The Board of County commissioners on Monday reviewed the results of an air quality study recently completed for the West Slope Layers facility on Powell Mesa.
Neighbor complaints of dust, odor, and other emissions and statements of adverse health impacts were prominent during the BoCC's reopened hearings on the facility in September.
And even as the commissioners continued to gather and review information, five plaintiffs in a lawsuit against the county's specific development approval of Western Slope Layers and Rocky Mountain Layers continued to press their case for shutting the facilities.
Last Friday the plaintiffs asked the District Court to order that the county permanently revoke the hen houses permissions to operate.
The plaintiffs "seek an express final judgment of the court that plaintiffs have prevailed" in the case, says their request. "As part of that judgment, plaintiffs seek ... a cease and desist order, (that) defendant (Western Slope Layers) must cease operation ...."
Western Slope Layers has operated on Powell Mesa since last April. Grand Mesa Layers, planned for a Redlands Mesa location, has yet to commence operations.
On July 5, the District Court issued a ruling that the county's specific development approval for the two egg-laying operations granted by the commissioners in August last year was not valid. The court also ruled that the Powell Mesa egg laying facility could not continue operating legally under county rules without a valid approval from the county. The court left enforcement action up to the county.
The county commissioners reopened their hearings on the facilities last month to accept new testimony.
"The county's own regulations require the county to make a decision within 14 days of the public hearing. Over one month has transpired ... and the county has not issued any new decision." Therefore, the county is contravening its own regulations, the plaintiffs state. The plaintiffs say the legal basis of their suit "is intended to ensure that the county is not above the law ...."
On Monday morning, the commissioners held an executive session with the county attorney to discuss the lawsuit.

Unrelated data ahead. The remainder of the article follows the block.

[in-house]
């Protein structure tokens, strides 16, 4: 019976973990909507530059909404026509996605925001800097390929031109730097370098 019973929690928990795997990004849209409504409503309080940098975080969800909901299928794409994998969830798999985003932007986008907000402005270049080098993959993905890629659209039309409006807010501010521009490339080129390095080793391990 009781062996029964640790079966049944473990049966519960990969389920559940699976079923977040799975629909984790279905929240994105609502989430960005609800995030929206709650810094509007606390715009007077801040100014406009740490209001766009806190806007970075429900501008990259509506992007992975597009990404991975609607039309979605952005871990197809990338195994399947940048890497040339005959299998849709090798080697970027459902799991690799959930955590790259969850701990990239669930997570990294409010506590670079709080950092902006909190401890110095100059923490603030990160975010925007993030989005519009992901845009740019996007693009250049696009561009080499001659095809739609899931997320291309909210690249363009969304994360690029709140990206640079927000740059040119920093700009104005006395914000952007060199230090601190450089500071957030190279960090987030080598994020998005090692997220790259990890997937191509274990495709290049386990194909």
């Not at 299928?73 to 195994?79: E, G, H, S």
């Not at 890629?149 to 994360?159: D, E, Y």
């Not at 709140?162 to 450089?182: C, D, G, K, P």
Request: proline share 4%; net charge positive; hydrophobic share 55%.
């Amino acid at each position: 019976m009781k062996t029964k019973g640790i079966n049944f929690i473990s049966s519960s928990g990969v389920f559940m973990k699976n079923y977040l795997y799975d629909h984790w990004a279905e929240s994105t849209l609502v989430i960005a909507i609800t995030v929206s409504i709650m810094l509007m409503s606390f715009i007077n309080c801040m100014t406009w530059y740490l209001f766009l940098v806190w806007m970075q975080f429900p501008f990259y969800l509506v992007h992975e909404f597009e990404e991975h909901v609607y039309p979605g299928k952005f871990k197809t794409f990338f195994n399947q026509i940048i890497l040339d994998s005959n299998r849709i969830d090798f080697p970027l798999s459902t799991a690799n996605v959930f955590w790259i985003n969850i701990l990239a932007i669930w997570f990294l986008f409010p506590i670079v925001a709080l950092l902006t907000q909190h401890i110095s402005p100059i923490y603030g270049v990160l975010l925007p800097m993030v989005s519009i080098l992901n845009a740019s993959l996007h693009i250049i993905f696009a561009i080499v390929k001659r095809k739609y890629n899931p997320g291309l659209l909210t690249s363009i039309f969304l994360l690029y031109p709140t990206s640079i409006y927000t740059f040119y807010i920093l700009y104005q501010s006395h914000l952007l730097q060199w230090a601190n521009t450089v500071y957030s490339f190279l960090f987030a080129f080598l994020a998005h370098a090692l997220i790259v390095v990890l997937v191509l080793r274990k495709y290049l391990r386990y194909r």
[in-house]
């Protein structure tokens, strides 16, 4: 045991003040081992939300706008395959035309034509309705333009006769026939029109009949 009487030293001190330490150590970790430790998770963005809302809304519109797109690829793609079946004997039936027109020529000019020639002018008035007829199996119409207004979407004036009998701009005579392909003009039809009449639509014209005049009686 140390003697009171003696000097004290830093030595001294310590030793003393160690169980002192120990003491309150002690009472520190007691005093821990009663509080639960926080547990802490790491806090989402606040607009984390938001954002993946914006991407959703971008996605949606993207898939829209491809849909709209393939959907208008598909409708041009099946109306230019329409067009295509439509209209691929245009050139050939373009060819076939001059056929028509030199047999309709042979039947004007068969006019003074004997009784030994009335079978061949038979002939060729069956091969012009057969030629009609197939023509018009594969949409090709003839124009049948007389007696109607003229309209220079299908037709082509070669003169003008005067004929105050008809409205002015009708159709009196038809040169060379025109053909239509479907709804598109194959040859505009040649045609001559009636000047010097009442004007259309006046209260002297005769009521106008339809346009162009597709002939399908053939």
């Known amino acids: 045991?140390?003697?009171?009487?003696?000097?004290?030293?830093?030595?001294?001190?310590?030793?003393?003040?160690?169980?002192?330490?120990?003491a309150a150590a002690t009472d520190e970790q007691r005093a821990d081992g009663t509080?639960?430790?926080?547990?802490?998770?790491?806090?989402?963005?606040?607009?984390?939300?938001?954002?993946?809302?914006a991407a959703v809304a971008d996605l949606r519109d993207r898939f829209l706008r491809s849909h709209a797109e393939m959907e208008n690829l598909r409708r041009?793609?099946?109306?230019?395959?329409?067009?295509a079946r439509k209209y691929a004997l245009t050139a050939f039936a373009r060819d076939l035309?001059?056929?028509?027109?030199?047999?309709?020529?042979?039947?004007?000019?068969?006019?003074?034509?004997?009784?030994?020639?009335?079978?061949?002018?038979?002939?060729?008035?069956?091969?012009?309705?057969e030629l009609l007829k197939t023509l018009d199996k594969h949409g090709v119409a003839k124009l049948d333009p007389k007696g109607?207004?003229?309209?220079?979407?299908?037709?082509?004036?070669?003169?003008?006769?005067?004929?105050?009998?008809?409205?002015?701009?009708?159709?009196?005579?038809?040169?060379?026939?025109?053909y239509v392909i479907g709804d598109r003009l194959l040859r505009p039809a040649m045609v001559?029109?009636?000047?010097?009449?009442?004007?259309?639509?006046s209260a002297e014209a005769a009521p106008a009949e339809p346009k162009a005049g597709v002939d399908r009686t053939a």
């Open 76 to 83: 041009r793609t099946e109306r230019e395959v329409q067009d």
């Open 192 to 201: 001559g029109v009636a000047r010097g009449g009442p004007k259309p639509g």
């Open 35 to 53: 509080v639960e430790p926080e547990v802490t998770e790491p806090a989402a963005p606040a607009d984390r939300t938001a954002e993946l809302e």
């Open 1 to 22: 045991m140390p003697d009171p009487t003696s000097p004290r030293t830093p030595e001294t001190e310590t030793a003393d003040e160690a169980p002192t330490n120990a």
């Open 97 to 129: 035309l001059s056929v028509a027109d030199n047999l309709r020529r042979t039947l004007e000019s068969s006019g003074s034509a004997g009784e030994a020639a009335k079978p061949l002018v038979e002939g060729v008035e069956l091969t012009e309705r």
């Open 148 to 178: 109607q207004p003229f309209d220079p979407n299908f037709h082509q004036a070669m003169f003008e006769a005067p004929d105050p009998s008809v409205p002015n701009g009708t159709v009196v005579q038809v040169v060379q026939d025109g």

Then on Monday afternoon at a work session, the BoCC received a consultant's report that evaluates the content of air emissions coming from the Western Slope Layers hen house.
Chris Larkin of Plateau Environmental Services discussed a written report his company has prepared for the commissioners. The report findings are to be taken in their intended scientific context, he said, adding that the report is not intended as a medical evaluation. The report "only evaluated what is coming out" of the West Slope Layers hen house via exhaust fans and hens' outdoor scratching. "What comes out and what it does to individuals are two different subjects," Larkin told the BoCC.
In very general terms, the work session discussion touched on points including the following ones:
• There are elevated levels of "fairly conventional" types of bacteria being emitted by the hen house exhaust fans.
• Visible "dust plumes" are most likely composed of minerals from the soil, feed, starch, dander, feathers and other components.
• A particle count study showed 15 parts per million of ammonia in the exhaust air, "not excessively high," and probably higher inside the building.
• An "analysis of fungal species" in the air showed organisms probably originating from soil and from chicken fecal matter.
• Regulatory levels for bacteria and mold have not been established for ambient air levels, Larkin said.
• Air samples were taken about 50 feet from the hen house.blog comments powered by Disqus